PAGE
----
Then, in 2017, Gonzalez was given the opportunity to leave Spain for the first time as he was selected by Garcia Reneses to assist him at ALBA Berlin and he did not hesitate to accept the offer.

“Coming to Berlin was another big step in my career and I am very thankful that Aito called me to come here with him,” he said.

"I’m one of the luckiest men in the world to have these opportunities. I have been with the best and most experienced coaches in Spain, so it’s a dream."

After four years as an assistant at ALBA, Gonzalez was finally promoted into the head coaching role this summer when Garcia Reneses took a sabbatical from the sport, but he admitted he would have been perfectly happy to continue assisting the old master.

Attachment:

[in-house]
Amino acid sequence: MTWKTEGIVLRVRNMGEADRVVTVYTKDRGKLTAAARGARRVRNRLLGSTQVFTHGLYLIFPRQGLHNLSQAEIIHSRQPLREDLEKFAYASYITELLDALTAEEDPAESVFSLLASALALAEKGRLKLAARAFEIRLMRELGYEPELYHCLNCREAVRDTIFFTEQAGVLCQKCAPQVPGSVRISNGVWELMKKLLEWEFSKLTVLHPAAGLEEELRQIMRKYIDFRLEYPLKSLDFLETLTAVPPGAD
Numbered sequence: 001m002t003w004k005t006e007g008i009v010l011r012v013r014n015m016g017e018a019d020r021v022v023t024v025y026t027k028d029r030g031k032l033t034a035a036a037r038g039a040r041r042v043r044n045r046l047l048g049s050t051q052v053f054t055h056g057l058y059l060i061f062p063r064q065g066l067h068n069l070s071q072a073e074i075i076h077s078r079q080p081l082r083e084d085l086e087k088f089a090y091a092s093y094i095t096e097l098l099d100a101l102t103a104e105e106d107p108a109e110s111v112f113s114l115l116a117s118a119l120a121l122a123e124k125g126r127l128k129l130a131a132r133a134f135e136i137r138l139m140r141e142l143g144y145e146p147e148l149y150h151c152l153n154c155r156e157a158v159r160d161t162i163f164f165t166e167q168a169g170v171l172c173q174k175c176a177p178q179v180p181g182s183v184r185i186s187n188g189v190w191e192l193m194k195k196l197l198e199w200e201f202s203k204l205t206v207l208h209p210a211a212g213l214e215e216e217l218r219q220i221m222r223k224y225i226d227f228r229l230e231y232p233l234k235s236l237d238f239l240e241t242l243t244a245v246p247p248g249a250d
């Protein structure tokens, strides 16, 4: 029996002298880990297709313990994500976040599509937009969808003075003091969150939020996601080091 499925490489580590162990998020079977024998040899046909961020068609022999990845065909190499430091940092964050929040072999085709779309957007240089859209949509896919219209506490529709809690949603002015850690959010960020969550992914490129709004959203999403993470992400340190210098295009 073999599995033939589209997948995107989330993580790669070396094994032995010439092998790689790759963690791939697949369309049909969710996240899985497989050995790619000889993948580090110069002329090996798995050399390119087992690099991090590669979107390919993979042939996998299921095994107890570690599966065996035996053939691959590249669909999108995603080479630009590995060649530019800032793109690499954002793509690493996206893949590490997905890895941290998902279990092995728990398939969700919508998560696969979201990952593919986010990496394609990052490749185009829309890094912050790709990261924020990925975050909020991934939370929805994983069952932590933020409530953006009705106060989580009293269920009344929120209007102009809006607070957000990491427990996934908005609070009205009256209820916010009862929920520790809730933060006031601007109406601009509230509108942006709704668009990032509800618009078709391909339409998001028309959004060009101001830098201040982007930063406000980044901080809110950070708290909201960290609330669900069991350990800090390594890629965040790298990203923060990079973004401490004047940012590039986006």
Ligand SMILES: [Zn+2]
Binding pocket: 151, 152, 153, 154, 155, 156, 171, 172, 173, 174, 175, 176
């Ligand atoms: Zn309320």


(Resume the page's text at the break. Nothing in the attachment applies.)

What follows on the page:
“I feel inside that I have been ready for this for a long time,” he said. “But I wasn’t in a hurry because I loved what I was doing, I always felt important in the team and felt that the team was mine as well as Aito’s. I’m very happy with this opportunity, but if it had never happened I would have been happy because I loved the things I did before.”

And after serving a long and fruitful apprenticeship under a series of outstanding coaches – from Laso to Reneses Garcia – Gonzalez certainly believes that he has been very well prepared for his new role with ALBA: “I’m one of the luckiest men in the world to have these opportunities. I have been with the best and most experienced coaches in Spain, so it’s a dream. When I first started wanting to be a coach, I never thought it would be like this.”

On Tuesday night, he will go up against the man with whom it all started.